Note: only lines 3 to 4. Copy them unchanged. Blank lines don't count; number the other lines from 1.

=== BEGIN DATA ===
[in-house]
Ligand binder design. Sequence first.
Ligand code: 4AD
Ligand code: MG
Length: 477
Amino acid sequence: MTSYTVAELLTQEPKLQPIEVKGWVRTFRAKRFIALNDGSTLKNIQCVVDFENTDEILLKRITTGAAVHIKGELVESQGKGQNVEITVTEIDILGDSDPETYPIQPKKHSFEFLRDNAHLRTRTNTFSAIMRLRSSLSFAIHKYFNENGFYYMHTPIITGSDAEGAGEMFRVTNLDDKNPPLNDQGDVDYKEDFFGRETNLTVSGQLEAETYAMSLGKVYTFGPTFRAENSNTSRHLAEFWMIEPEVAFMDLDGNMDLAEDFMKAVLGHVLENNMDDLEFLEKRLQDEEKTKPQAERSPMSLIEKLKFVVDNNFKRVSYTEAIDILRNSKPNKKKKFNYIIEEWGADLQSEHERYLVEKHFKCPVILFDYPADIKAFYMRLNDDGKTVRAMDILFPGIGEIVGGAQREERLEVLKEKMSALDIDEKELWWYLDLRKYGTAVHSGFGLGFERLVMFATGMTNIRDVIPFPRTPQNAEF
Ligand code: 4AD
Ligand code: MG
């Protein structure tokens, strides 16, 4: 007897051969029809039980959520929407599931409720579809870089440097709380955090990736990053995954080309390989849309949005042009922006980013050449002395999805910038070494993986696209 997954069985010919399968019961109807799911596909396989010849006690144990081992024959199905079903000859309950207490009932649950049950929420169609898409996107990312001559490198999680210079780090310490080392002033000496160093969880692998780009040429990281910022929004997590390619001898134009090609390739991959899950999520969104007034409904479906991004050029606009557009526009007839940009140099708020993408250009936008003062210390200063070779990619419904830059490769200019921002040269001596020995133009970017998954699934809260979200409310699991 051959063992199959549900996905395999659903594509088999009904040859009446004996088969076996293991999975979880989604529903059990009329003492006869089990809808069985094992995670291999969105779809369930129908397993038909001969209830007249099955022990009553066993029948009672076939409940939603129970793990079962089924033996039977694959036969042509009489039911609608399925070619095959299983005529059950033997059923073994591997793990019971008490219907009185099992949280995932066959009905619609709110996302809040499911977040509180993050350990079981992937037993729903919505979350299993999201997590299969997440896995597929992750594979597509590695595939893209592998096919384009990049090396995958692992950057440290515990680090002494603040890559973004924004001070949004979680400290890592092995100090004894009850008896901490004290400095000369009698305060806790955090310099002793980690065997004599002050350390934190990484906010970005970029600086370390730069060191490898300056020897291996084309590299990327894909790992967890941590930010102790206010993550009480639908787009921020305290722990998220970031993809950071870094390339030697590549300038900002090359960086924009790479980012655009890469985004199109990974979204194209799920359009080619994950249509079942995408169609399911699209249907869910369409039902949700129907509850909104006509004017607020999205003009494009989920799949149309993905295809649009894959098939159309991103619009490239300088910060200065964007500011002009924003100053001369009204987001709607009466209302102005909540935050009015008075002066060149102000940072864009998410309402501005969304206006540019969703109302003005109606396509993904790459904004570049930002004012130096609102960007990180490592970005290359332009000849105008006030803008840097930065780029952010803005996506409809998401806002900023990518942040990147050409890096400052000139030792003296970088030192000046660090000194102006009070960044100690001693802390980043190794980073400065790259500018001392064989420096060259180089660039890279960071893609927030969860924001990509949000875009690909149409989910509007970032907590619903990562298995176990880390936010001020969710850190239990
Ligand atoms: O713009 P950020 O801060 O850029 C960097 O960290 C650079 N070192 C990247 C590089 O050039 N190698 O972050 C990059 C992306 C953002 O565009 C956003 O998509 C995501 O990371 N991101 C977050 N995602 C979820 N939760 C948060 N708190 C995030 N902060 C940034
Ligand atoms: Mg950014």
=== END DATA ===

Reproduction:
Ligand code: 4AD
Ligand code: MG